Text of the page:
· Tube cleaning and heat transfer. One common hindrance to optimum chiller performance is heat-transfer efficiency. On average, large chillers contain miles of tubing– and the system’s capacity to transfer heat can be hampered by fouled tubes. Performance drops as mud, algae, sludge, or other contaminants accumulate in the system, and the rate at which the tubes clog up largely depends on the type of system (open, closed) and the quality of water.
Manufactures recommend cleaning the tubes once every year and the evaporator tubes at least once every three years (for closed systems).
Machine operators can use two primary methods to clean the tubes:
1. Mechanical cleaning: by using a special brush, this method can remove mud, sludge, algae, and a host of other foreign materials from the tubes. For a more complex tubing system, operators should contact the manufacturer for cleaning recommendations.
2. Chemical cleaning: this method is used to remove scale- but operators should consult with a water-treatment supplier to find the right chemical solution. For a more effective job, use both methods.
Bear in mind the condition of local water has a direct impact on the frequency of tube cleaning and inspection. The cooler tubes should be inspected at the end of the first operating season. Because these tubes are designed with internal ridges, they require a rotary-type thorough cleaning to get rid of pollutants.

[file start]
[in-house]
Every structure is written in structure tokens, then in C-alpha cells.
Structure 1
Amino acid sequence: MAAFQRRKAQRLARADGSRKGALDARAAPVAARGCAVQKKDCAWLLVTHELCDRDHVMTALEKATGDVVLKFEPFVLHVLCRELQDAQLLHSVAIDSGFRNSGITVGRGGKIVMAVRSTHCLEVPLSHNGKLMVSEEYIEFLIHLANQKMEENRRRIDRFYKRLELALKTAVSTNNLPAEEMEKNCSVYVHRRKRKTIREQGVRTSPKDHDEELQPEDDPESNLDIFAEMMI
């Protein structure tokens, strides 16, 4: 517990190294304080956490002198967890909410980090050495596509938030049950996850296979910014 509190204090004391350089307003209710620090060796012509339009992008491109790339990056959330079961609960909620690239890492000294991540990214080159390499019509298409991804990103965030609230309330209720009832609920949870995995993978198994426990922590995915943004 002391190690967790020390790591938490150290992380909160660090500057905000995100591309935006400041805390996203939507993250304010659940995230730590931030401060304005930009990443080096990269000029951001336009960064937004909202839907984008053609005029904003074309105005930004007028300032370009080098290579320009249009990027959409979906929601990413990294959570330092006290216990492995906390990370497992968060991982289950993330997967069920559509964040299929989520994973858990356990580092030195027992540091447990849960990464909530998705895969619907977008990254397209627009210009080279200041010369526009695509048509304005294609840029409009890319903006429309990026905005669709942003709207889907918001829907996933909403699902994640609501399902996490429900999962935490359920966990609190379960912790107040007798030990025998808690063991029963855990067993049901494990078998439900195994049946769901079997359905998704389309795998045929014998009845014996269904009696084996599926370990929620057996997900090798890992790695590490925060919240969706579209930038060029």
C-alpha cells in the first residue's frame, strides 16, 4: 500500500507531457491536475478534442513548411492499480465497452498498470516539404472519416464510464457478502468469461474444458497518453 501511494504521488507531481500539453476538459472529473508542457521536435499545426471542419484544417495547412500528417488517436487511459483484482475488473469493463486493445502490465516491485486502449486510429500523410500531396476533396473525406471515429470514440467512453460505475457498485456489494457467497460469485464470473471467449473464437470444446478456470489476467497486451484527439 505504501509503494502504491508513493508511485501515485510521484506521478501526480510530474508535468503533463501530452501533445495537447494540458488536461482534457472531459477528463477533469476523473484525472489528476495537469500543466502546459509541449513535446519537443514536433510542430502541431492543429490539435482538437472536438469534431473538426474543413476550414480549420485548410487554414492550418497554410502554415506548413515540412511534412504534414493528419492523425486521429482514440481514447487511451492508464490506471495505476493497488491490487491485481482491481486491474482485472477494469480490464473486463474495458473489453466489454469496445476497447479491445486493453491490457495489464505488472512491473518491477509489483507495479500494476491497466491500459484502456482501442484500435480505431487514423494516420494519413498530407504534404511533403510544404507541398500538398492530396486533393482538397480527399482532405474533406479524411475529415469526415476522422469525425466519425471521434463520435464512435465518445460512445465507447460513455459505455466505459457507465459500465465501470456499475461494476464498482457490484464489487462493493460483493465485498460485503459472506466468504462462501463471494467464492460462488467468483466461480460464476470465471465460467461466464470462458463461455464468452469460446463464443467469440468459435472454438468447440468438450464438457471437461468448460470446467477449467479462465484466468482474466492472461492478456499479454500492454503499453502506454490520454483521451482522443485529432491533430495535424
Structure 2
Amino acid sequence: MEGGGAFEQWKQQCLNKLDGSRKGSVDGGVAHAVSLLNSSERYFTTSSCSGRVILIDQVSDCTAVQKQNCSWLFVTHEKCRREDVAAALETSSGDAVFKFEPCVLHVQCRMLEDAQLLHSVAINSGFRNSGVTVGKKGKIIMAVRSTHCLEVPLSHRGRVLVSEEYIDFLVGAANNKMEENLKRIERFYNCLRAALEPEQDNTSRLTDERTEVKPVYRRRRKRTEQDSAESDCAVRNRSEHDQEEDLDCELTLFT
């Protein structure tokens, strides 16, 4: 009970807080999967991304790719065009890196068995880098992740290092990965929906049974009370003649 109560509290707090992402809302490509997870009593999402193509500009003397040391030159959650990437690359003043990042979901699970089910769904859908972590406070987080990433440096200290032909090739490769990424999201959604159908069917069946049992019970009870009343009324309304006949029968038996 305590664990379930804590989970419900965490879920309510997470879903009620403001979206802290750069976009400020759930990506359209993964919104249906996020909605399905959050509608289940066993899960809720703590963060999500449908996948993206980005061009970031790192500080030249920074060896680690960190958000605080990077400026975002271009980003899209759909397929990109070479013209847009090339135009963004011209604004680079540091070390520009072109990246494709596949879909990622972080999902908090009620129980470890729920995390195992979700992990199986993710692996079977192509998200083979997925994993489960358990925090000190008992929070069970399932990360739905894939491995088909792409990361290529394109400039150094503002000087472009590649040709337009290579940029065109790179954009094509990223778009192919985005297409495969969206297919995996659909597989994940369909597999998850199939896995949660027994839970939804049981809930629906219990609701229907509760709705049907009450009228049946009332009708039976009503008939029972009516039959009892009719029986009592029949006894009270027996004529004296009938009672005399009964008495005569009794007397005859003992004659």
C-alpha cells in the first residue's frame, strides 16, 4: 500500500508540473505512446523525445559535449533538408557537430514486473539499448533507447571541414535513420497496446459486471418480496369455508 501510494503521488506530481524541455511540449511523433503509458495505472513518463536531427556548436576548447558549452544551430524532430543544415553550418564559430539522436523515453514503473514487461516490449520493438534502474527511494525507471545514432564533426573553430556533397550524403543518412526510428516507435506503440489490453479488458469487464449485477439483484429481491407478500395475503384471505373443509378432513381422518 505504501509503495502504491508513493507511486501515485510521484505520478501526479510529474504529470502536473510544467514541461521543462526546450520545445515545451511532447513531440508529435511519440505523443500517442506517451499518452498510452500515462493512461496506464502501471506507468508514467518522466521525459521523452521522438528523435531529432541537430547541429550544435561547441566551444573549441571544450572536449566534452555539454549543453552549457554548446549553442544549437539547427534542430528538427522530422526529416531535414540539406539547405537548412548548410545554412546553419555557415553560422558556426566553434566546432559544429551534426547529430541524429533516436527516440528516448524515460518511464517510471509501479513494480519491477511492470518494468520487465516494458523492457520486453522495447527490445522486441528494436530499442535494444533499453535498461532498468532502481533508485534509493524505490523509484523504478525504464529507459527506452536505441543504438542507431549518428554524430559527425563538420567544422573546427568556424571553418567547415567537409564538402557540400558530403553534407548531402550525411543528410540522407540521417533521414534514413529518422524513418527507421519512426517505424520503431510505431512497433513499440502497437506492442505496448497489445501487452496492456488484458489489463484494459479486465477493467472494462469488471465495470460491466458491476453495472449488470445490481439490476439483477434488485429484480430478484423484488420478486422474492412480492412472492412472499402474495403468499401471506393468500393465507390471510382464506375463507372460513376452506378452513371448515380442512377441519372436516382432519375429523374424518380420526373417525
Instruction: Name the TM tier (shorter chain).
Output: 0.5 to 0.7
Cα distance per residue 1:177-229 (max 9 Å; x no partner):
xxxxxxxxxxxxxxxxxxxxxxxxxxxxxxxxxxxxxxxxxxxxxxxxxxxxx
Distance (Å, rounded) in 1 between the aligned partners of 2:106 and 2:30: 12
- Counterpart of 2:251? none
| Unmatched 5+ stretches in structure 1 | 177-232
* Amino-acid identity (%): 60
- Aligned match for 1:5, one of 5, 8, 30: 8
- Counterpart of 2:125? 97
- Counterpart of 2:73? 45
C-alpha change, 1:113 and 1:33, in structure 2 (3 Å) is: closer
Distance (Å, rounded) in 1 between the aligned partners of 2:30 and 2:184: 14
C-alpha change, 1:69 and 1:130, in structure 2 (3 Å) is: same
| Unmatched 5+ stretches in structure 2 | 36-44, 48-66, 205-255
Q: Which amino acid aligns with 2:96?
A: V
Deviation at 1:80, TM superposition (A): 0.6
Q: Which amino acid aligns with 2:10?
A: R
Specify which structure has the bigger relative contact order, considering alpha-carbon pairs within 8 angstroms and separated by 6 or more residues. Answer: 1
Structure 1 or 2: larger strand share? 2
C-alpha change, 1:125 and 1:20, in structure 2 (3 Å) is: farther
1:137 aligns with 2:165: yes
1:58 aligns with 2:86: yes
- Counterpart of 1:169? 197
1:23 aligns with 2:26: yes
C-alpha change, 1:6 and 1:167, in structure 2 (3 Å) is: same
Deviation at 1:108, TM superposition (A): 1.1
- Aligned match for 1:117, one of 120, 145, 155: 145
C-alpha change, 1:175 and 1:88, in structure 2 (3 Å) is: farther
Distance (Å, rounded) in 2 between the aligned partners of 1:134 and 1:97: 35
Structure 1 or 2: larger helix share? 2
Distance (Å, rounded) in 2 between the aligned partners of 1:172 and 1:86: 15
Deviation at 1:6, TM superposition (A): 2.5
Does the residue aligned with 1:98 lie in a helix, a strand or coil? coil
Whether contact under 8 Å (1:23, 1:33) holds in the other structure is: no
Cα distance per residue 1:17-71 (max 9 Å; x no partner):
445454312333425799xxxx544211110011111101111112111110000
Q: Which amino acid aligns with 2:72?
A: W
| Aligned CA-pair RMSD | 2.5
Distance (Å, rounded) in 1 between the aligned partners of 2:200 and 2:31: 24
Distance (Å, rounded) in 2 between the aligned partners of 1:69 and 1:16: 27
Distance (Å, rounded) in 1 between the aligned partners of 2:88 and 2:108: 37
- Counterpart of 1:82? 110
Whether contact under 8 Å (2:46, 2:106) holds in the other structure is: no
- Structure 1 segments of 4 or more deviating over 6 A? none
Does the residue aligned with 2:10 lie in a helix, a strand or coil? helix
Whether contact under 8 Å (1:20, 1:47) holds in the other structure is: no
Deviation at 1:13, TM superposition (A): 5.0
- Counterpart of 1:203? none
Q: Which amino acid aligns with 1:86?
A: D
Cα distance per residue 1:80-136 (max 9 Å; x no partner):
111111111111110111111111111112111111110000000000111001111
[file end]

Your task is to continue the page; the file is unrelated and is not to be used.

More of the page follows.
· Watch out for leaks. Annual inspections cannot guarantee the compressor is free of leaks. Older, low pressure chillers contain a section in the system that operates at sub-atmospheric pressure. Most manufacturers recommend quarterly tests to check for leaks, which allow air and moisture (referred to as non-condensables) to enter the unit. When these non-condensable materials get inside the chiller, they become trapped in the condenser, which raises condensing pressure and affects the way the condenser uses power. This in turn reduces efficiency and the system’s overall cooling capacity.
According to one chiller manufacturer, just 1 psi of air inside a condenser translates to a 3% loss in operational efficiency. Moisture can also cause acids to build up, corroding he bearings and motor windings to create rust inside the shell.
· Controls need regular service. The starting equipment is often overlooked but it is critical to precise operation. A typical chiller control test is meant to facilitate proper operation by checking the temperature sensors, water pumps, oil pumps, pressure transducers, and a variety of on/off outputs.
The mechanical and electrical components of a chiller are designed to work together, which means that proper servicing must include the controls- that is the only way to maintain good operation.
If the chiller is installed as part of a central plant control or integrated into a building energy management system, a complete system evaluation should be done to make certain that performance is optimized. Trend reports are one of the ways machine operators assemble data to get a complete picture of a chiller plant or an entire building’s HVAC system.
Chiller maintenance involves several other areas, but the most important part is to perform regular inspections on all crucial components and to check the system’s vital signs (pressure and temperature) every day.